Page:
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Attraction of Blood
Gradually over time a magical connection to blood evolved too. Not only did the man's blood contain his life, but it also contained his experiences, characteristics and qualities. Soon it came to be thought these characteristics and qualities could be passed onto others if they consumed or were touched by the blood. The relationship here lies in the magical Law of Contagion..)
In ancient Roman it was thought epilepsy could be cured by drinking a slain gladiator's blood. It was believed that the gladiator's strength and healthy vitality would be transferred to the epileptic. It was thought the blood must be consumed immediately before these qualities dissipated. Pliny in his "Natural History" wrote that some epileptics found it more effective to reach the gladiator before he died and vigorously gulp his blood as it spurted from his wounds.
The Hungarian Countess, and sadist, Elizabeth Bathory bathed in human blood to preserve her looks. The blood supply came from peasant girls who she kept chained and locked in her castle cellar. Their youthful blood was supposed to keep the Countess' skin looking young. When arrested in 1610 the bodies of some fifty girls were found in the cellar.
The Countess once wrote her husband of a torture trick she had recently learned. It was to catch a black hen and beat it to death with a white cane. The blood was to be kept. Then it was to be smeared on an enemy's body. If one could not get close enough, then try to get a piece of the enemy's clothing and put the blood on it.
The magical theory was that the enemy would undergo the same agonizing death as the hen. Beating a black hen to death with a white cane is an intriguing example of reconciliating opposites, or the magical Law of Synthesis.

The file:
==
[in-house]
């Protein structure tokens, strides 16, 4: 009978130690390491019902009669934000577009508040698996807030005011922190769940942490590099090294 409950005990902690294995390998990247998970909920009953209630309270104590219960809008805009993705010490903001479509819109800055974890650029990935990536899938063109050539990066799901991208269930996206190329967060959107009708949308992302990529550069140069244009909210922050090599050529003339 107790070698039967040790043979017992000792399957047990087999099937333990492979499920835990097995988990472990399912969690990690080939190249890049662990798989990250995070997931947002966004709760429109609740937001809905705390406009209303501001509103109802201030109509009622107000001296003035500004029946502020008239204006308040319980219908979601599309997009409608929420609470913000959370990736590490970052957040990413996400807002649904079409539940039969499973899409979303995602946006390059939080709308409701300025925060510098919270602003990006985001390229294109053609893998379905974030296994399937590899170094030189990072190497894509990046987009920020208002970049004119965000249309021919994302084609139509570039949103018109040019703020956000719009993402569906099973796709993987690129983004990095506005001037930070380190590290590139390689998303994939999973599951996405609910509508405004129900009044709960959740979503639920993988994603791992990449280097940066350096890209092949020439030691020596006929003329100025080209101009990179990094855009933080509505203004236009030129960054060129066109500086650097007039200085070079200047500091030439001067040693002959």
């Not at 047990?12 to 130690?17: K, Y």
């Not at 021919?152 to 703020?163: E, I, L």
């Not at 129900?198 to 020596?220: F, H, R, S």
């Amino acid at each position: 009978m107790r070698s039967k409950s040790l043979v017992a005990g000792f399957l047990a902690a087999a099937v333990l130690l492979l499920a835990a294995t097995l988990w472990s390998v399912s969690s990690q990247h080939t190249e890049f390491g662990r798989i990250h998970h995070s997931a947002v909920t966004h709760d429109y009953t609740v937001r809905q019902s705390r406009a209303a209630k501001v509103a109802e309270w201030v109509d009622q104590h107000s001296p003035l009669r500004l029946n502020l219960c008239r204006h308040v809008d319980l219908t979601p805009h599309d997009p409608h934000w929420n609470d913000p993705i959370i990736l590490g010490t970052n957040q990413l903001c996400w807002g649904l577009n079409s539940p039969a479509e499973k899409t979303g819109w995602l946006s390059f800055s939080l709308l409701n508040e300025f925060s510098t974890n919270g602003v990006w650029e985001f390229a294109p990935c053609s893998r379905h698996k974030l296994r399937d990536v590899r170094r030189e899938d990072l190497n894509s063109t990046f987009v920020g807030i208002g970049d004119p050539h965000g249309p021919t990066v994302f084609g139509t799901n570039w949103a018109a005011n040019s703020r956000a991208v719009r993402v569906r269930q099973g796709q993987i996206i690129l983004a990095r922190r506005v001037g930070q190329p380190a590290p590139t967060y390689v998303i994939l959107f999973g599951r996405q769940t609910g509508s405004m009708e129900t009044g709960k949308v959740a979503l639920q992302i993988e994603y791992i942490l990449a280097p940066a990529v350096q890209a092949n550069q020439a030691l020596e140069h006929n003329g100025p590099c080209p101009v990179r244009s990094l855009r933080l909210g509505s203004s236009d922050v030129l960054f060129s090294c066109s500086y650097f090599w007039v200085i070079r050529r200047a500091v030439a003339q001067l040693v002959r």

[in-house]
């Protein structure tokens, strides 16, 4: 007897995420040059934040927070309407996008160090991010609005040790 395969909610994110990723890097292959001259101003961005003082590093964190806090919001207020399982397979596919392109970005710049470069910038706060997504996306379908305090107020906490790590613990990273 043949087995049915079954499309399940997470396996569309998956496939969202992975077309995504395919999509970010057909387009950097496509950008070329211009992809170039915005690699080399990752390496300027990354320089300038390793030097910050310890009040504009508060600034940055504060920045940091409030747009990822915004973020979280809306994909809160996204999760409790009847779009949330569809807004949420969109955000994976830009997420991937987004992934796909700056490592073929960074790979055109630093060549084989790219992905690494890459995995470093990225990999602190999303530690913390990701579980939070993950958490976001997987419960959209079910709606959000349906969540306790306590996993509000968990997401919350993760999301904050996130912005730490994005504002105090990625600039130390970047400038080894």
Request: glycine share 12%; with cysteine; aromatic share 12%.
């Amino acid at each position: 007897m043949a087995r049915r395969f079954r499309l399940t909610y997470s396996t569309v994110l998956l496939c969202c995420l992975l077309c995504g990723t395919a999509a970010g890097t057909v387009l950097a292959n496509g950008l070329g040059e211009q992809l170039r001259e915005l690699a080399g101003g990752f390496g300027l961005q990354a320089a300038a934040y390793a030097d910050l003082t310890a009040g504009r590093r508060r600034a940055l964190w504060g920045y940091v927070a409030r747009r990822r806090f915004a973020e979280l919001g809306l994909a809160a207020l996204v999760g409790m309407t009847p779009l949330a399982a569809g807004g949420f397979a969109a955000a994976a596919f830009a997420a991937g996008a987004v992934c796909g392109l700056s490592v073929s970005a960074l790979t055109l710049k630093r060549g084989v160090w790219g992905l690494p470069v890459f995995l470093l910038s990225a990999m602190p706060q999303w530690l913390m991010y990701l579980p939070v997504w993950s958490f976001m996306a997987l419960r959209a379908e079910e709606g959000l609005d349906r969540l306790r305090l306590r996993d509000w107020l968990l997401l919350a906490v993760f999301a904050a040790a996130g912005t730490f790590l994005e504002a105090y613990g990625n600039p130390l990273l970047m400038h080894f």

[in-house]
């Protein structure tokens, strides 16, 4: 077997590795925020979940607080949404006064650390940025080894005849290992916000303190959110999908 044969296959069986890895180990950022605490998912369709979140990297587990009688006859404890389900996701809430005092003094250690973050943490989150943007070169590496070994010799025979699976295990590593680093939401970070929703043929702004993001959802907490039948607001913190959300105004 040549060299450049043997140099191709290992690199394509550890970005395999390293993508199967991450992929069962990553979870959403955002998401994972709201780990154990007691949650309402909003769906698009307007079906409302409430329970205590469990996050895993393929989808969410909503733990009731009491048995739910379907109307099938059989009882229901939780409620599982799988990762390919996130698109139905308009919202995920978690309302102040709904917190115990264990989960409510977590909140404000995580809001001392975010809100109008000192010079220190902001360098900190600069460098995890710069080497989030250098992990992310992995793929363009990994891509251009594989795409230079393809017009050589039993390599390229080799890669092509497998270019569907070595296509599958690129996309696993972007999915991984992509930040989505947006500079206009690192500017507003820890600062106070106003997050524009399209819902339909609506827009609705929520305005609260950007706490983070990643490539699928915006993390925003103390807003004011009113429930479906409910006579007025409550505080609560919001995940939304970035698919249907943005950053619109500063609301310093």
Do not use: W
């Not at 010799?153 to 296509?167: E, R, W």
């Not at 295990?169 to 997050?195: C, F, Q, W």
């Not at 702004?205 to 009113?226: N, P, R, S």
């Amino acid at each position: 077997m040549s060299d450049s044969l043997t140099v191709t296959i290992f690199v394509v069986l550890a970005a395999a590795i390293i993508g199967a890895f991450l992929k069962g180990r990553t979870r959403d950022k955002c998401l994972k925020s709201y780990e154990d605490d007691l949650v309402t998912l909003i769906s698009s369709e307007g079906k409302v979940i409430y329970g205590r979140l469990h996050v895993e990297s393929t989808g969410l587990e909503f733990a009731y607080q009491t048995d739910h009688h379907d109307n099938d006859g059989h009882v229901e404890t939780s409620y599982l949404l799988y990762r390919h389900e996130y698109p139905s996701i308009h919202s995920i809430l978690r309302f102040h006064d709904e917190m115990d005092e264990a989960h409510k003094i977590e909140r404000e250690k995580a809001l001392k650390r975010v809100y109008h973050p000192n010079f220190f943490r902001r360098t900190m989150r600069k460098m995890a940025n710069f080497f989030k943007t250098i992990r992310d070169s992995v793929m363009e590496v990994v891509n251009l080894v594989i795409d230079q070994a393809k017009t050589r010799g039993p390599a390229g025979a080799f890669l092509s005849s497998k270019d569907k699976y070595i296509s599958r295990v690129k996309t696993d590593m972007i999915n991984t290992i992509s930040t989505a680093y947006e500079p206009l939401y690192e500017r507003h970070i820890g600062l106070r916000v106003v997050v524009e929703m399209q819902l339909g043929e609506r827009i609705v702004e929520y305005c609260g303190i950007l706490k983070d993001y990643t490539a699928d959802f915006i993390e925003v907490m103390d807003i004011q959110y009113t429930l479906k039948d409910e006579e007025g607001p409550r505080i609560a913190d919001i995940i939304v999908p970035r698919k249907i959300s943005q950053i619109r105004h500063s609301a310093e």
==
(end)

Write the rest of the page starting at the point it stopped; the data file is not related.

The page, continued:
The blood of an executed criminal also contains a strong attraction for some people. Supposedly it is a strong protection against disease and misfortune. The reason is the blood is said to carry the person's vigorous energy, since he died perfectly healthy, and his resentment because of his execution. Spectators at the executions of Charles I of England and Louis XVI of France struggled to dip pieces of cloth and handkerchiefs in their blood to preserve it.
When in 1934 F.B.I. agents shot down John Dillinger, the notorious killer and bank robber, on a Chicago street people around quickly dipped handkerchiefs and pieces of paper in his pool of blood. Women even got it on the hems of their skirts and dresses. The source of blood was soon gone but enterprising merchants soon fabricated more and sold it in large quantities.
To some this may seem absurd, but the act continues daily in the consecration of the Catholic Mass. In an act that extends from the Last Supper recorded in the New Testament of the Bible (Mt. 26:26), the priest mystical changes bread and wine to the body and blood of Christ and consumes it in a ritual sacrifice. Then the communicants consume it too for the purpose of receiving Christ and His blessings into themselves. Protestants also remember this act in their communion services. A.G.H.